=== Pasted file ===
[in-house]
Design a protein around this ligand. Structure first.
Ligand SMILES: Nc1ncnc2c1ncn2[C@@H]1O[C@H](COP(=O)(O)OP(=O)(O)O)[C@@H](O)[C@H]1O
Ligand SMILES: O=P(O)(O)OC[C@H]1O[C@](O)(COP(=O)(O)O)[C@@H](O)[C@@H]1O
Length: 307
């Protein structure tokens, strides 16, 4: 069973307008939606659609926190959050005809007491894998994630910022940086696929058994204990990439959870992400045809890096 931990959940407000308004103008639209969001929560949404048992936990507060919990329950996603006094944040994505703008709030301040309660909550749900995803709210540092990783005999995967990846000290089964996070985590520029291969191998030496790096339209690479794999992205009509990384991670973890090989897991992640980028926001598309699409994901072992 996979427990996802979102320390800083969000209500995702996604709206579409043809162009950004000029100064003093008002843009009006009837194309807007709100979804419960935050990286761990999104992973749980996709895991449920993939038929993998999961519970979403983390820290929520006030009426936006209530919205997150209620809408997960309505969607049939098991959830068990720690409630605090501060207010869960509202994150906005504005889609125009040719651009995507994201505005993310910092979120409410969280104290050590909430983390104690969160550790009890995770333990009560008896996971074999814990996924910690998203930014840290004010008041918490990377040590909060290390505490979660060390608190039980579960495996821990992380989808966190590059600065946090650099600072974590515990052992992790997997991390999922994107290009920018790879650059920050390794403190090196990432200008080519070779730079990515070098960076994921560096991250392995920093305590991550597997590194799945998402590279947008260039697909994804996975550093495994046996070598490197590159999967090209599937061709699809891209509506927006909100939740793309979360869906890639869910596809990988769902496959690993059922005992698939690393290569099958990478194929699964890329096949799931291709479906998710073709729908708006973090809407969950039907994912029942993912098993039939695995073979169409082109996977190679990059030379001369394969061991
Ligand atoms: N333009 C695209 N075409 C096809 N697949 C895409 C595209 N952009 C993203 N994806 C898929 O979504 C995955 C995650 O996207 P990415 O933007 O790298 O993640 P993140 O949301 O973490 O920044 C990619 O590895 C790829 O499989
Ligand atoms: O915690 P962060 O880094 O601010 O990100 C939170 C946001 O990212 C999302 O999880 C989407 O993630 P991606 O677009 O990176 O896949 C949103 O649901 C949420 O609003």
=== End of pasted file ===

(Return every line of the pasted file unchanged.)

[in-house]
Design a protein around this ligand. Structure first.
Ligand SMILES: Nc1ncnc2c1ncn2[C@@H]1O[C@H](COP(=O)(O)OP(=O)(O)O)[C@@H](O)[C@H]1O
Ligand SMILES: O=P(O)(O)OC[C@H]1O[C@](O)(COP(=O)(O)O)[C@@H](O)[C@@H]1O
Length: 307
């Protein structure tokens, strides 16, 4: 069973307008939606659609926190959050005809007491894998994630910022940086696929058994204990990439959870992400045809890096 931990959940407000308004103008639209969001929560949404048992936990507060919990329950996603006094944040994505703008709030301040309660909550749900995803709210540092990783005999995967990846000290089964996070985590520029291969191998030496790096339209690479794999992205009509990384991670973890090989897991992640980028926001598309699409994901072992 996979427990996802979102320390800083969000209500995702996604709206579409043809162009950004000029100064003093008002843009009006009837194309807007709100979804419960935050990286761990999104992973749980996709895991449920993939038929993998999961519970979403983390820290929520006030009426936006209530919205997150209620809408997960309505969607049939098991959830068990720690409630605090501060207010869960509202994150906005504005889609125009040719651009995507994201505005993310910092979120409410969280104290050590909430983390104690969160550790009890995770333990009560008896996971074999814990996924910690998203930014840290004010008041918490990377040590909060290390505490979660060390608190039980579960495996821990992380989808966190590059600065946090650099600072974590515990052992992790997997991390999922994107290009920018790879650059920050390794403190090196990432200008080519070779730079990515070098960076994921560096991250392995920093305590991550597997590194799945998402590279947008260039697909994804996975550093495994046996070598490197590159999967090209599937061709699809891209509506927006909100939740793309979360869906890639869910596809990988769902496959690993059922005992698939690393290569099958990478194929699964890329096949799931291709479906998710073709729908708006973090809407969950039907994912029942993912098993039939695995073979169409082109996977190679990059030379001369394969061991
Ligand atoms: N333009 C695209 N075409 C096809 N697949 C895409 C595209 N952009 C993203 N994806 C898929 O979504 C995955 C995650 O996207 P990415 O933007 O790298 O993640 P993140 O949301 O973490 O920044 C990619 O590895 C790829 O499989
Ligand atoms: O915690 P962060 O880094 O601010 O990100 C939170 C946001 O990212 C999302 O999880 C989407 O993630 P991606 O677009 O990176 O896949 C949103 O649901 C949420 O609003």